A few years ago, a zoo colleague shared a story about a woman who does custodial work in their offices. While out and about in the community, someone saw the logo on this woman’s uniform and asked what she did at the zoo. She replied, “I save animals.” I do wonder if she heard the story of the chance meeting on a NASA tour between JFK and a man in overalls who, when asked about his duties by the president, replied, “I’m not mopping. I’m putting a man on the moon.” His name is lost to history. After all, he didn’t take Neil Armstrong’s small step for a man that was a giant leap for mankind. While this NASA encounter is likely more rooted in legend than history, it encapsulates the profound truth that thousands of souls collaborated to make that lunar moment a reality including a man with a mop.
Likewise, our biologists and zoologists provide complete care for Naples Zoo’s wildlife which would be impossible without our veterinarian and her technicians. But they also depend on a dedicated horticulture and maintenance team – and every member of the admissions team, park attendants, accounting staff, and beyond. Indeed, none of our conservation successes in the wild would be possible without the zoo itself. Saving animals anywhere begins with caring for the animals here. Of course, the same is true for every organization. Every chef ’s exquisite dining experience that makes someone’s anniversary dinner a treasured memory would be impossible without the front of house staff along with someone to wash dishes, print menus, and pay bills. When I send supplies to my colleagues in the field, I appreciate being able to share how their role in shipping a box is a key part in this chain to ensure wildlife and wild places thrive into the future.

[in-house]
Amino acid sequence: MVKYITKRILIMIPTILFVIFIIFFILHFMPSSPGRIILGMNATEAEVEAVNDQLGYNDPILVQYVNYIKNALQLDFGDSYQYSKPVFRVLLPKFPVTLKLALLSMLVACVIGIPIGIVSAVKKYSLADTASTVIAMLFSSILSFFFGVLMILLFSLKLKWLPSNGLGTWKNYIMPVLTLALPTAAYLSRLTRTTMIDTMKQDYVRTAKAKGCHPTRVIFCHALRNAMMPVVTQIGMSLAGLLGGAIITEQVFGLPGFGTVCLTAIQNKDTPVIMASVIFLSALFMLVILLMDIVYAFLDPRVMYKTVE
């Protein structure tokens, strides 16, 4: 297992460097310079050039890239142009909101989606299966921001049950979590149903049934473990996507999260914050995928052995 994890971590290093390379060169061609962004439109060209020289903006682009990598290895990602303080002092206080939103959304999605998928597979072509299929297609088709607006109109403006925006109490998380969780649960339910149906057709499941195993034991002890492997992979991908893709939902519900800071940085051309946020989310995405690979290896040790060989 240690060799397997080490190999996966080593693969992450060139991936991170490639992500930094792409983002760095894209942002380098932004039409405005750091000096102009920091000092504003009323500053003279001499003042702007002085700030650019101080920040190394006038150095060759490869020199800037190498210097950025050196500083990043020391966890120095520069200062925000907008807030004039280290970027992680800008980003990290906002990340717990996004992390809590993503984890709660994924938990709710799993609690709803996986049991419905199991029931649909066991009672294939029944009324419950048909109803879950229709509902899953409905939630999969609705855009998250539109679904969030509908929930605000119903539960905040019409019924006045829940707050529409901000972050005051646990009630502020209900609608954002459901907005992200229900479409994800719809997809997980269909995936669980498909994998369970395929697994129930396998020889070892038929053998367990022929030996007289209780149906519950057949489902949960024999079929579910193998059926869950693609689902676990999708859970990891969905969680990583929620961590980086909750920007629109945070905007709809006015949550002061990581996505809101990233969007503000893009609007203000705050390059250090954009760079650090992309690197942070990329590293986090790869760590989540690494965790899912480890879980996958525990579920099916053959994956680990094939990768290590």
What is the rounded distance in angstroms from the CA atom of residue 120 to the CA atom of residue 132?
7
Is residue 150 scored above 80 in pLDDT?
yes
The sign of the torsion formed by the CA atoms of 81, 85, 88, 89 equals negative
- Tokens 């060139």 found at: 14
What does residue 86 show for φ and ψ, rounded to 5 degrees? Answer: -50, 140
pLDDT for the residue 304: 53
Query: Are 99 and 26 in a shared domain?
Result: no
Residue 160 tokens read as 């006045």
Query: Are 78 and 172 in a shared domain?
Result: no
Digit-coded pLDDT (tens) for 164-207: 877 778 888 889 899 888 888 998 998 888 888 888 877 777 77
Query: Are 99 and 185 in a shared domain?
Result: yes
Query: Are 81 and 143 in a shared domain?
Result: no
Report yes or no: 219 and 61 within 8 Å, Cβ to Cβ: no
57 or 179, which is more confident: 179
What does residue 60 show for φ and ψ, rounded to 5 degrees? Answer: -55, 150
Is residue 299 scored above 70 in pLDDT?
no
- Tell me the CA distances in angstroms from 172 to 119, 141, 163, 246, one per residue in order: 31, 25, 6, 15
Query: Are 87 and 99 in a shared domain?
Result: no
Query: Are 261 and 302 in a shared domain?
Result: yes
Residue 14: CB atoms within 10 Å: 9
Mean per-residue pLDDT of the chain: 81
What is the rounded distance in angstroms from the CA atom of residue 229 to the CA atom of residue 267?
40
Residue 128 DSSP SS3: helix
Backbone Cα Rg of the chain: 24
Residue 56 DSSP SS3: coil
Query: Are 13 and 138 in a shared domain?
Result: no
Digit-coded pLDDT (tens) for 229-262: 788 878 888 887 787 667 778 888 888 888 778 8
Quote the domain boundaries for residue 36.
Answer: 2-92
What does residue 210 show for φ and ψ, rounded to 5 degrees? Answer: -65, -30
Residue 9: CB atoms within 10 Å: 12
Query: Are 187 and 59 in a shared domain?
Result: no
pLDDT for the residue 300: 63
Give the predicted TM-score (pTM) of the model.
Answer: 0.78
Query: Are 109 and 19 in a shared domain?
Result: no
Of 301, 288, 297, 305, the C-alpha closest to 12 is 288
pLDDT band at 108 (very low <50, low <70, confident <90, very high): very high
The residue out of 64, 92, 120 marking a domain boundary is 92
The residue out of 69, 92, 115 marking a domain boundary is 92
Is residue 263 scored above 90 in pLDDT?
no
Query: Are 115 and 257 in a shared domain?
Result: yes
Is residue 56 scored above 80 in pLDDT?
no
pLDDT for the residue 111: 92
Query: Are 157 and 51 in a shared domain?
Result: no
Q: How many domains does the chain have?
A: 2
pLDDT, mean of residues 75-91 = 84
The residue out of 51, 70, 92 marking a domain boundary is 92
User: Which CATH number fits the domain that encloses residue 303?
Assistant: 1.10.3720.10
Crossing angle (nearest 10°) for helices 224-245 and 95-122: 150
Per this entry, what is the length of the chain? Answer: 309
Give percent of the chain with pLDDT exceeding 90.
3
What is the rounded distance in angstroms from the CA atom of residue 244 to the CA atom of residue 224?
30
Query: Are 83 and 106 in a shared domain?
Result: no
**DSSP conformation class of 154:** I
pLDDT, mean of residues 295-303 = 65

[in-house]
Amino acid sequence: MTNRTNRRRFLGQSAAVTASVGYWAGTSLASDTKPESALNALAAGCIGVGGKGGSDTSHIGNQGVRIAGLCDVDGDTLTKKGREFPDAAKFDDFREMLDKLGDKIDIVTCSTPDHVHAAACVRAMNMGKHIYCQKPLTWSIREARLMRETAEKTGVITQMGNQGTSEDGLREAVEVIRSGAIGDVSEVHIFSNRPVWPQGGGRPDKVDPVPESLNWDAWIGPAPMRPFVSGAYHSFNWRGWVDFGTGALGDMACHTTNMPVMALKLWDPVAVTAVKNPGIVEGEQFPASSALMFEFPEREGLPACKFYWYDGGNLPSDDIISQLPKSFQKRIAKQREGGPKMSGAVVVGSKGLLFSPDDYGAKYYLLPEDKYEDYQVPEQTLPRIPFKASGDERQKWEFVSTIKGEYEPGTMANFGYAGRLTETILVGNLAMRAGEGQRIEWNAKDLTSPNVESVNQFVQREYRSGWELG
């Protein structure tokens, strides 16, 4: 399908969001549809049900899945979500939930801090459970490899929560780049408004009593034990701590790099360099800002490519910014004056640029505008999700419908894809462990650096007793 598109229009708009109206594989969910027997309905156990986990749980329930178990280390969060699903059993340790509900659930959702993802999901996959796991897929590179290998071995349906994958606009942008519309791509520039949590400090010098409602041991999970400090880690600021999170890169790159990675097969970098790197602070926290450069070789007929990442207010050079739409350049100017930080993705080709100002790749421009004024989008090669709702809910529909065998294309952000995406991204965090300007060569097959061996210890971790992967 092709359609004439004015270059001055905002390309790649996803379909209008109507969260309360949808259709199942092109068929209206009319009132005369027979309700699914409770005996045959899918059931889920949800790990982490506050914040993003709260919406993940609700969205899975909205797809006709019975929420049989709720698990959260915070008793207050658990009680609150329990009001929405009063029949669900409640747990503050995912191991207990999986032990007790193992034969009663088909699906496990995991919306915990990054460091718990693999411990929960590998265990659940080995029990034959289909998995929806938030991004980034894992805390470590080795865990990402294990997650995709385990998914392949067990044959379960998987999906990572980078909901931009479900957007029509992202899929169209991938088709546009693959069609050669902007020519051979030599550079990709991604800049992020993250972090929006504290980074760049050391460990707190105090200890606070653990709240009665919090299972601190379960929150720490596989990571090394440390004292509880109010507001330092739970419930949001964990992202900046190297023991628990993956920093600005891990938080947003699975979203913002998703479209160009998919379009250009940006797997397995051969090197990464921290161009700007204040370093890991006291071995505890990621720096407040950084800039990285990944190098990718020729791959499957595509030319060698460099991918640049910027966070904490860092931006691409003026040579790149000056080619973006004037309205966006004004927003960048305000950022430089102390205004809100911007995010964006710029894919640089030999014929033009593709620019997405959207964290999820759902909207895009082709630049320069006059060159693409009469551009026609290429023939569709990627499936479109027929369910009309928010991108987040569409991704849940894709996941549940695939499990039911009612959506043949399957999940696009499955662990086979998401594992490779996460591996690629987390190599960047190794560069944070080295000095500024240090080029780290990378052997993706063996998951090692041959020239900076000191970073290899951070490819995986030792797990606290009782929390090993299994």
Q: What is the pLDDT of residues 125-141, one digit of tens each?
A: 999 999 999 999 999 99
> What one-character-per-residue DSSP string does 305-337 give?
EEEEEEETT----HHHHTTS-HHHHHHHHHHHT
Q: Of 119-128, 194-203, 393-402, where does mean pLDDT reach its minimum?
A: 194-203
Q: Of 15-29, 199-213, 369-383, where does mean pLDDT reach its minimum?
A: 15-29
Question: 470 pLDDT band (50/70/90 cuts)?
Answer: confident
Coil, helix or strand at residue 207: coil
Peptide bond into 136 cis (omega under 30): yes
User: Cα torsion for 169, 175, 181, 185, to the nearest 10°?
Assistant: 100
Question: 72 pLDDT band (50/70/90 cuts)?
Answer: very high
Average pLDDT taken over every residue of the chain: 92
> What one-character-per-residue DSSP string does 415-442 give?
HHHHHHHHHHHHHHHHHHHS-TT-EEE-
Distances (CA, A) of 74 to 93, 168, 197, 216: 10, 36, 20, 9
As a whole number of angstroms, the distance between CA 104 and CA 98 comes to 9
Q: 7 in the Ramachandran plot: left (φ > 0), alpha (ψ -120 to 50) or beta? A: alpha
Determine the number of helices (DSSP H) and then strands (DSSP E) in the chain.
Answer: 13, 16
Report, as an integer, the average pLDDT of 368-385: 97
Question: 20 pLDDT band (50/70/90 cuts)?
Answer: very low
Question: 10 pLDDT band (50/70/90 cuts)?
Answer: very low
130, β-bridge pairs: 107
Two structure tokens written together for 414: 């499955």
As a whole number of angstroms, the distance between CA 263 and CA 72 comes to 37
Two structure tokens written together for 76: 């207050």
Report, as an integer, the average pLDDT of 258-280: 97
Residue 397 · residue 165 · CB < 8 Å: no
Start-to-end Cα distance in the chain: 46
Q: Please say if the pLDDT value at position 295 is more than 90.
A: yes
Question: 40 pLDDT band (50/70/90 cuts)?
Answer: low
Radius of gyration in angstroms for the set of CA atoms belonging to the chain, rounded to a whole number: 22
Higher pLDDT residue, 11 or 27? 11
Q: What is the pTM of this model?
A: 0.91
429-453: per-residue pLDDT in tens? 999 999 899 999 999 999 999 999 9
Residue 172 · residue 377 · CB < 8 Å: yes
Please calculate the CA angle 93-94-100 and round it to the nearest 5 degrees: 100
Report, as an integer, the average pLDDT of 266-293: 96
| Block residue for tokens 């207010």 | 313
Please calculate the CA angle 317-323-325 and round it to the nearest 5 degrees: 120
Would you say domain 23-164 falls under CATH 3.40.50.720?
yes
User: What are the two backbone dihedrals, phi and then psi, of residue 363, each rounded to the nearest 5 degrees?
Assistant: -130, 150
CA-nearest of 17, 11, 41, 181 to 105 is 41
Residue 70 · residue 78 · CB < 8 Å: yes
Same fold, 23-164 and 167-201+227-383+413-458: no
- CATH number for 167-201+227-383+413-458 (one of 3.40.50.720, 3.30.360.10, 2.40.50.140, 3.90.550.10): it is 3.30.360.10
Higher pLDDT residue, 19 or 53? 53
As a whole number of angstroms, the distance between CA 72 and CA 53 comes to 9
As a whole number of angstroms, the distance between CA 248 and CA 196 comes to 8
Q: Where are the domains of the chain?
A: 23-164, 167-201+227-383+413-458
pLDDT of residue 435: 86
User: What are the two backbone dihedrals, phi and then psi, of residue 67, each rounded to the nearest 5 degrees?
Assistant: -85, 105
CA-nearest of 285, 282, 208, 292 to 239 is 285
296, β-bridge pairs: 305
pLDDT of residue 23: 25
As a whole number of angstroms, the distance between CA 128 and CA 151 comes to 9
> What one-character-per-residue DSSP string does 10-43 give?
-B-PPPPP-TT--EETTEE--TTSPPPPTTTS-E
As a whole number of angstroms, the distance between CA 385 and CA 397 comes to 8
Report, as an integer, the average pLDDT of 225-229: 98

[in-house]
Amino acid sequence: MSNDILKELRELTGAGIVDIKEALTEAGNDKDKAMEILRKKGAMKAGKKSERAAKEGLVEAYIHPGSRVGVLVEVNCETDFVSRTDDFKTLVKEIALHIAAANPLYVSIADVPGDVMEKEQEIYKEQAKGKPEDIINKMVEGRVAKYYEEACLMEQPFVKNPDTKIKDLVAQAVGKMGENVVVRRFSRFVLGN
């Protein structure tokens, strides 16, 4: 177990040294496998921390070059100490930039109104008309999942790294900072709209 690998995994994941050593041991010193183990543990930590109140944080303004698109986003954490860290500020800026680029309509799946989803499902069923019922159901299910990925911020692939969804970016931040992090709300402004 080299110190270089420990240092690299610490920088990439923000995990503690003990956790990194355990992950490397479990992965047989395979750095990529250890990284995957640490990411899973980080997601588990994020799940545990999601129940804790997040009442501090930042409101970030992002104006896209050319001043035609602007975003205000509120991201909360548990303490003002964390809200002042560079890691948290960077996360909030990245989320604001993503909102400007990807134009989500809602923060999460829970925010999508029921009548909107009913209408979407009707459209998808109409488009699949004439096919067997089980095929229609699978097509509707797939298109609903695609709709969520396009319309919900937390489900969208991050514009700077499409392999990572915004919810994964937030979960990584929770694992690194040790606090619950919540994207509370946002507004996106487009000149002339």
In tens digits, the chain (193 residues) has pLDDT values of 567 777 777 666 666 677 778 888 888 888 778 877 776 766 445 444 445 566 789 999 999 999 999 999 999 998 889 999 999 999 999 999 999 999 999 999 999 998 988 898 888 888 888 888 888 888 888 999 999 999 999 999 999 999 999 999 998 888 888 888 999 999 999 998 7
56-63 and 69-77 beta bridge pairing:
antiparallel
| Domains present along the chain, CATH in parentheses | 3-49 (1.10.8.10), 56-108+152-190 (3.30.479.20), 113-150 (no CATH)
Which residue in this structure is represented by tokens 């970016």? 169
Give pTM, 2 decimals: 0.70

I write this in contemplation of the opening of our new entry complex this spring at Naples Zoo including the Hamill Family Education Center. Meticulous planning by passionate professionals put thought into this structure that will welcome the coming generations. But without the lead gift from Nancy and Jonathan Hamill along with other generous donors, those plans would have remained sketches on paper. And those would be empty rooms without our trained educators and the families who bring their children to encourage a love of nature in their children. Last year, our education team engaged nearly 35,000 individuals from school children to adult programs.
In 2024, we will begin to see the impact of this new center with even greater numbers. But the work isn’t yet done. If you’d like to help us meet the need for specialty items for both the animals cared for within this program as well as specialty artifacts for this growing number of our young learners, visit www.napleszoo.org. And however you support our zoo and historic garden from donating to visiting, you’re playing a part in our larger mission to inspire people of all ages to respect, value and help conserve wildlife and our natural world. And if someone asks you what you did for the zoo, you can simply say, “I’m saving animals.”